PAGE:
People who are working remotely often stop doing the things they enjoy because they feel guilty for not working. If you usually spend your Saturday mornings on art projects or your garden, continue to do so.
Hobbies and home projects allow you to relax and rest. Constructive relaxation will also ensure that you are optimally productive when it is time to get back to work.
Reach out to a distant family member or your parents with a phone call. Use your break to take a walk and listen to music or relax with a cup of coffee and the paper on the couch.
Keep Your House Clean
According to studies, a dirty house can affect both your mental and physical health. If there is excessive clutter in your home, it can contribute to stress, anxiety, and a lack of concentration. You may also feel overwhelmed and out of control if your home is messy.
Make your bed as soon as you get up. This little activity signals the start of the day and sets the tone for productivity.
A dirty home can also affect your physical health. Mold, allergens, and pollutants can result in several health conditions that can lower your productivity and have an impact on your well-being.
How to Combat Stress and Manage Your Mental Health During This Crisis
Since the outbreak of the COVID-19 pandemic, many people in the United States started experiencing an increase in stress levels. The uncertainty that surrounds the pandemic, the rising number of cases, lockdowns, and social distancing all contribute to stress, anxiety, and depression.
Managing your mental health can help you maintain your well-being and productivity during the crisis.
Get Enough Exercise
Physical activity is one of the most effective ways to reduce stress. Exercising results in the production of endorphins, a natural painkiller that improves sleep, and improves your mood. Studies show that exercise also alleviates chronic fatigue, increases alertness, and enhances a person’s cognitive function.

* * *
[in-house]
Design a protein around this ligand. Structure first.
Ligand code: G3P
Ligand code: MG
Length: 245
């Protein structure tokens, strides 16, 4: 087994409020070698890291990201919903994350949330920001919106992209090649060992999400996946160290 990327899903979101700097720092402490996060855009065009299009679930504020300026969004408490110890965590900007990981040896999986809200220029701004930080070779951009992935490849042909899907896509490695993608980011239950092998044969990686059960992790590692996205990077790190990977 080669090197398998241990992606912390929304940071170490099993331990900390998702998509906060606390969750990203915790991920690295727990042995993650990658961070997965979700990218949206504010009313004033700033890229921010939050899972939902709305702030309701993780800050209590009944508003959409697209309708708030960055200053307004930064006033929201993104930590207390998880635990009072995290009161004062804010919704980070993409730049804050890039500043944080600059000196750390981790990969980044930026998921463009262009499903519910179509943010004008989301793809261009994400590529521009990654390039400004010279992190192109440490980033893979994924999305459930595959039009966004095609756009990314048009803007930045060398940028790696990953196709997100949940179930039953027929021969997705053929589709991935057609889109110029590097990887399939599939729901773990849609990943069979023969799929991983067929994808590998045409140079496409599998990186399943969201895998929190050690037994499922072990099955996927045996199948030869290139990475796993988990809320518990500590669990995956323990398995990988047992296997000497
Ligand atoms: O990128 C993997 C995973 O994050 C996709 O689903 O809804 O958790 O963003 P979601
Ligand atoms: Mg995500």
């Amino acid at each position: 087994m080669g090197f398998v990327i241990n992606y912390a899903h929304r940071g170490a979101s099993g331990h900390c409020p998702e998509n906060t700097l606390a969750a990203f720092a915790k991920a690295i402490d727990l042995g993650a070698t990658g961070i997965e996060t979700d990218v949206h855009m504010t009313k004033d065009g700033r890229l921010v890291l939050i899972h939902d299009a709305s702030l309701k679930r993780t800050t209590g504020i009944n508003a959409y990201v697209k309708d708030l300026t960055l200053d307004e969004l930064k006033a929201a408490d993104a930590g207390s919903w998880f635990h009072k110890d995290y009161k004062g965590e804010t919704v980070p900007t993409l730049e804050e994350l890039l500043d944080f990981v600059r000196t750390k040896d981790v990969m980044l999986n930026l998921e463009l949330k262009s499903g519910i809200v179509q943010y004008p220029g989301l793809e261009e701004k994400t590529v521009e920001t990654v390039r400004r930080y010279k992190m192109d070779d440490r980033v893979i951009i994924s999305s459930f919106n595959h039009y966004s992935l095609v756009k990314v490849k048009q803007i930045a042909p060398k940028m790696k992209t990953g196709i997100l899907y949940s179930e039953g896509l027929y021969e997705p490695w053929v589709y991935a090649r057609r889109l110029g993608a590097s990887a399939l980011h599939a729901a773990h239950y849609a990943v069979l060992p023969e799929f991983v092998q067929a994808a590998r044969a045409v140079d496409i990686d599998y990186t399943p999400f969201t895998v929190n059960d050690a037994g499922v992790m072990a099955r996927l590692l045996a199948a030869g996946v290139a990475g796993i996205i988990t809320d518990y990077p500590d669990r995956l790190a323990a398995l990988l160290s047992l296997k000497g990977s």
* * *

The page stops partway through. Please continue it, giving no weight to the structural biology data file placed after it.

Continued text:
If you want to reduce your tension levels, stabilize your mood, and sleep better, find a physical activity that you enjoy and that you can do every day. You can find a lot of free exercises you can do on YouTube if you don’t know where to start.
Maintain a Healthy Lifestyle
A healthy body houses a healthy mind. If you are constantly sluggish and bloated, you will struggle to be productive, and your stress levels will increase. During the lockdown, many people become sedentary, and snack on unhealthy food.
Maintaining a healthy lifestyle is not only crucial to managing your mental health but also to lower your risks of health conditions. You can implement a healthy lifestyle by starting with a good breakfast, reducing your sugar, carb, and alcohol intake. You should also drink enough water, stop smoking, and get enough exercise.
Meditation and yoga promote physical and mental well-being. People of any age can reap their benefits.
Take a Break from Social Media
Social media is a significant stress booster. Facebook and Twitter are not only addictive, but these platforms deprive you of quality sleep. Scrolling through your Facebook feed also reduces physical interaction with those around you, which increases isolation.
During the Coronavirus pandemic, the content that people post online can also cause stress. The pandemic statistics, images of patients, and contradictory news releases on your news feed may seem informative. In reality, however, these posts have an impact on your mental health.
Taking a break from Facebook can help you combat stress. If you want to communicate with friends and family, ask them to contact you via instant messaging or email.
Get Enough Sleep
Another effective way to lower your stress levels is with sufficient sleep. Like breathing exercises, a healthy sleep routine restores and calms the body. Adequate sleep will also regulate your mood, improve your concentration, and allow for optimal productivity.
Don’t Be Too Hard on Yourself
Many people believe that they should optimize the additional time they have available to learn new skills, run laps in their garden, and start businesses on the side.
However, remember that times are not normal. If you struggle to lose weight and put your plans to action, don’t beat yourself up. Forcing yourself to work long hours and meet high goals can only increase your stress levels.